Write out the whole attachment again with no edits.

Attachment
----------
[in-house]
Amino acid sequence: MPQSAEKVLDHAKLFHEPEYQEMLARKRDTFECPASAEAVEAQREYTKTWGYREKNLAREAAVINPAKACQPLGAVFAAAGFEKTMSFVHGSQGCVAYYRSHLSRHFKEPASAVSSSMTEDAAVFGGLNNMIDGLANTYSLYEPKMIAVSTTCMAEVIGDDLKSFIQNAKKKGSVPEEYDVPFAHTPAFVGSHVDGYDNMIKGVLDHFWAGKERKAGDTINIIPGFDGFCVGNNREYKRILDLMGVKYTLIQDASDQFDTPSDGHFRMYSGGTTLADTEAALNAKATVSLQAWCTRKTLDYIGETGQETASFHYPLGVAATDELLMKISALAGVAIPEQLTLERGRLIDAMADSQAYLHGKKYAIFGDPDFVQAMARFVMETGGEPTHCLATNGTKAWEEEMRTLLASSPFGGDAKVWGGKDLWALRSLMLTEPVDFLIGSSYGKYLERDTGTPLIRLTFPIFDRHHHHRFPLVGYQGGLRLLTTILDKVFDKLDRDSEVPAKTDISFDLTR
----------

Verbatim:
[in-house]
Amino acid sequence: MPQSAEKVLDHAKLFHEPEYQEMLARKRDTFECPASAEAVEAQREYTKTWGYREKNLAREAAVINPAKACQPLGAVFAAAGFEKTMSFVHGSQGCVAYYRSHLSRHFKEPASAVSSSMTEDAAVFGGLNNMIDGLANTYSLYEPKMIAVSTTCMAEVIGDDLKSFIQNAKKKGSVPEEYDVPFAHTPAFVGSHVDGYDNMIKGVLDHFWAGKERKAGDTINIIPGFDGFCVGNNREYKRILDLMGVKYTLIQDASDQFDTPSDGHFRMYSGGTTLADTEAALNAKATVSLQAWCTRKTLDYIGETGQETASFHYPLGVAATDELLMKISALAGVAIPEQLTLERGRLIDAMADSQAYLHGKKYAIFGDPDFVQAMARFVMETGGEPTHCLATNGTKAWEEEMRTLLASSPFGGDAKVWGGKDLWALRSLMLTEPVDFLIGSSYGKYLERDTGTPLIRLTFPIFDRHHHHRFPLVGYQGGLRLLTTILDKVFDKLDRDSEVPAKTDISFDLTR